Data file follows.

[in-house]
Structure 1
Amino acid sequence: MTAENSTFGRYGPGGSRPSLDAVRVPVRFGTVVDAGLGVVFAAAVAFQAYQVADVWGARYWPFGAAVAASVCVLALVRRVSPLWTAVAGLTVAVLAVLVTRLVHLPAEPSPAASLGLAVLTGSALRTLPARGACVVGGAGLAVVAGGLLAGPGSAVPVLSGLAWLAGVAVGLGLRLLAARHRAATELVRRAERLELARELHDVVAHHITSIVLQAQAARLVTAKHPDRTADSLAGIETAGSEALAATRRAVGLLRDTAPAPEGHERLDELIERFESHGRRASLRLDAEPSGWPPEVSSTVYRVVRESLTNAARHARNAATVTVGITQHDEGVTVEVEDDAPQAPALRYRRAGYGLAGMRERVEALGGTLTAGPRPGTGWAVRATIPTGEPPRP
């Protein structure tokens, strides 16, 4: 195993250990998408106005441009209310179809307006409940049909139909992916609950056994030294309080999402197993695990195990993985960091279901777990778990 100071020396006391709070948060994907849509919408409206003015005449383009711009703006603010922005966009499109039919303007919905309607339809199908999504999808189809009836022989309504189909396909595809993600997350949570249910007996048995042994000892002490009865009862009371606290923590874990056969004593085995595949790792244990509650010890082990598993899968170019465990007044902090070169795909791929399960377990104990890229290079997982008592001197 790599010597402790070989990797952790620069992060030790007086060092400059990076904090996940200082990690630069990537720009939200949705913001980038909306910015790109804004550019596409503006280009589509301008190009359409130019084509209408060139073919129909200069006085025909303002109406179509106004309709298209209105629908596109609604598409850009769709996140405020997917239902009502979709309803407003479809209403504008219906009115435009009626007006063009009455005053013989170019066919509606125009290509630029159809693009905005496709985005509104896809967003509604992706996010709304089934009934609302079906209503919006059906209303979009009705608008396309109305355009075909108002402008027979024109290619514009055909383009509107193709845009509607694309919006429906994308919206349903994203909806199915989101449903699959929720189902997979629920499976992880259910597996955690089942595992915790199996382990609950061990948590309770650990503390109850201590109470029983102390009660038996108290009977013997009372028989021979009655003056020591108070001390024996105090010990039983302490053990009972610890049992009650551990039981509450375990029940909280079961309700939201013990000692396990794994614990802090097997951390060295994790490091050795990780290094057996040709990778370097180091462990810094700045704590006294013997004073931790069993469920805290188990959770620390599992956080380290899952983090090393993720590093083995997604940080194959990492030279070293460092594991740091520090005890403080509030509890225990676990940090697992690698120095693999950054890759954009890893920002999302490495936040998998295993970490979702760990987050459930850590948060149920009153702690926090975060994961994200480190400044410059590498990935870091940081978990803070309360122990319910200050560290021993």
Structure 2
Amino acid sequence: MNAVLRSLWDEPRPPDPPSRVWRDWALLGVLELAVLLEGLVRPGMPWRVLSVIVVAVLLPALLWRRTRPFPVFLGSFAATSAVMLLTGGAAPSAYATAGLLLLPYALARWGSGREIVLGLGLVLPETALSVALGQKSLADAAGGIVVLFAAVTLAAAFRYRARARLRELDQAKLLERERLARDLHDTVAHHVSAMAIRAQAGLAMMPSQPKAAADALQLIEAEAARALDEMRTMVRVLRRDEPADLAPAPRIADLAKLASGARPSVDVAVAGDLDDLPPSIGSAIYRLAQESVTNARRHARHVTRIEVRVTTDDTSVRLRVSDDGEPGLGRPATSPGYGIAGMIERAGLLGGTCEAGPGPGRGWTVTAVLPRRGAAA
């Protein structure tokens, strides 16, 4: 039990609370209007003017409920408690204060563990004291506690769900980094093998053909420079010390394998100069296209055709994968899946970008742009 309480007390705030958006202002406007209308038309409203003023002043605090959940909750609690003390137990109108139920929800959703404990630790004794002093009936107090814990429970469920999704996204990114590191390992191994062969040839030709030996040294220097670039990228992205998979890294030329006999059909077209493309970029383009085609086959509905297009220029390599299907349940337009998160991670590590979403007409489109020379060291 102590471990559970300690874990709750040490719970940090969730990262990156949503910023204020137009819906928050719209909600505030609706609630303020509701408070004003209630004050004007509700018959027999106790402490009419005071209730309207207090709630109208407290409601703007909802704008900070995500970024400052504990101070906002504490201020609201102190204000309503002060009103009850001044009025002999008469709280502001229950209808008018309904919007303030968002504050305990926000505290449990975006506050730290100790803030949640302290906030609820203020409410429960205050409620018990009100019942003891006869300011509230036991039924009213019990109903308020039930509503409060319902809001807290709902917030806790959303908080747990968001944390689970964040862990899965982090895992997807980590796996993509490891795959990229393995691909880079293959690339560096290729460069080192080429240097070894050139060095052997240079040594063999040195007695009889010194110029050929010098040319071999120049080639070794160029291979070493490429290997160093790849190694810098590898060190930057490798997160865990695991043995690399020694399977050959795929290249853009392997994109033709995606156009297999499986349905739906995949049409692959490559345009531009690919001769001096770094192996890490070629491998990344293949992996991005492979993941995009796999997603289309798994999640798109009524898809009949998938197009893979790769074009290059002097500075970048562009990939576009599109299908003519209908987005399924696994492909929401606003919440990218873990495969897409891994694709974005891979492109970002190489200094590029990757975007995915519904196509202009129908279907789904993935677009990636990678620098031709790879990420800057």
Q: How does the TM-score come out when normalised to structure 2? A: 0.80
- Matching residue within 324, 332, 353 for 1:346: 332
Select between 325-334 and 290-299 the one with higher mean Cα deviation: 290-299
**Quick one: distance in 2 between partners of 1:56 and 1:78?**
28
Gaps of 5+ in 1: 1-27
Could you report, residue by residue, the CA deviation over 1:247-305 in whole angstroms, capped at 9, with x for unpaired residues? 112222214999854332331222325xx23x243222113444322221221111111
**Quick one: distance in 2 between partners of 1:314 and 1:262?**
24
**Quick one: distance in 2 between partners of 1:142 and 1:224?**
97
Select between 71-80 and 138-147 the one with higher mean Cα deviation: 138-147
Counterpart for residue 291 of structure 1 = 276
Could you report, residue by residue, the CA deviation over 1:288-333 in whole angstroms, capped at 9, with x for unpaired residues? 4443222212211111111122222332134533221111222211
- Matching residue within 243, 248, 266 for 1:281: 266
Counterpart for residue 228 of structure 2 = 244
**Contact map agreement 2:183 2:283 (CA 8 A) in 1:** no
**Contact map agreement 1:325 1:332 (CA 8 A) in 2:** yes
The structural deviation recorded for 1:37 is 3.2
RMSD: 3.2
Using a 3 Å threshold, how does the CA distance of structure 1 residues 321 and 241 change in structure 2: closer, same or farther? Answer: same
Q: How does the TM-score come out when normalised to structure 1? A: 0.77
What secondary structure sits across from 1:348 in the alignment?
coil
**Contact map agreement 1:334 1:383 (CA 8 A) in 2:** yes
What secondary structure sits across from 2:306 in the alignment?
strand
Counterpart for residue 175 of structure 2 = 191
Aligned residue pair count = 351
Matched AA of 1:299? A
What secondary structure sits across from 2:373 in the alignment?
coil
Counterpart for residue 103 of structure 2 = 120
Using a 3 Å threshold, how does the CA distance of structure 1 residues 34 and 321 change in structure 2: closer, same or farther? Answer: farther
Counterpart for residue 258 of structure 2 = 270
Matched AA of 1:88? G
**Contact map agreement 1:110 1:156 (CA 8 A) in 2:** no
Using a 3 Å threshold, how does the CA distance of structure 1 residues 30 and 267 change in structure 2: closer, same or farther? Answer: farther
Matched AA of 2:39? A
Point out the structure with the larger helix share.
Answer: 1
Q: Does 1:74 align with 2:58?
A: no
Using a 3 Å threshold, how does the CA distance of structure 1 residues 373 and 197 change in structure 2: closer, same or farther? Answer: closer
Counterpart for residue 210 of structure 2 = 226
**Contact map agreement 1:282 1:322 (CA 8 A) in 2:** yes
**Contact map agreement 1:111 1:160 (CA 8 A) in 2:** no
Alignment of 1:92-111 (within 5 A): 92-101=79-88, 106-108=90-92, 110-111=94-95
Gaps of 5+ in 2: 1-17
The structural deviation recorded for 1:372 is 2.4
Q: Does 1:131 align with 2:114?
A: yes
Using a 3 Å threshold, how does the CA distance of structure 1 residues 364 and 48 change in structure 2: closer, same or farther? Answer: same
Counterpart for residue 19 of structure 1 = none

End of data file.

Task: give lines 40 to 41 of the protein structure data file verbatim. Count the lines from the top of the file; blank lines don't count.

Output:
Counterpart for residue 103 of structure 2 = 120
Using a 3 Å threshold, how does the CA distance of structure 1 residues 34 and 321 change in structure 2: closer, same or farther? Answer: farther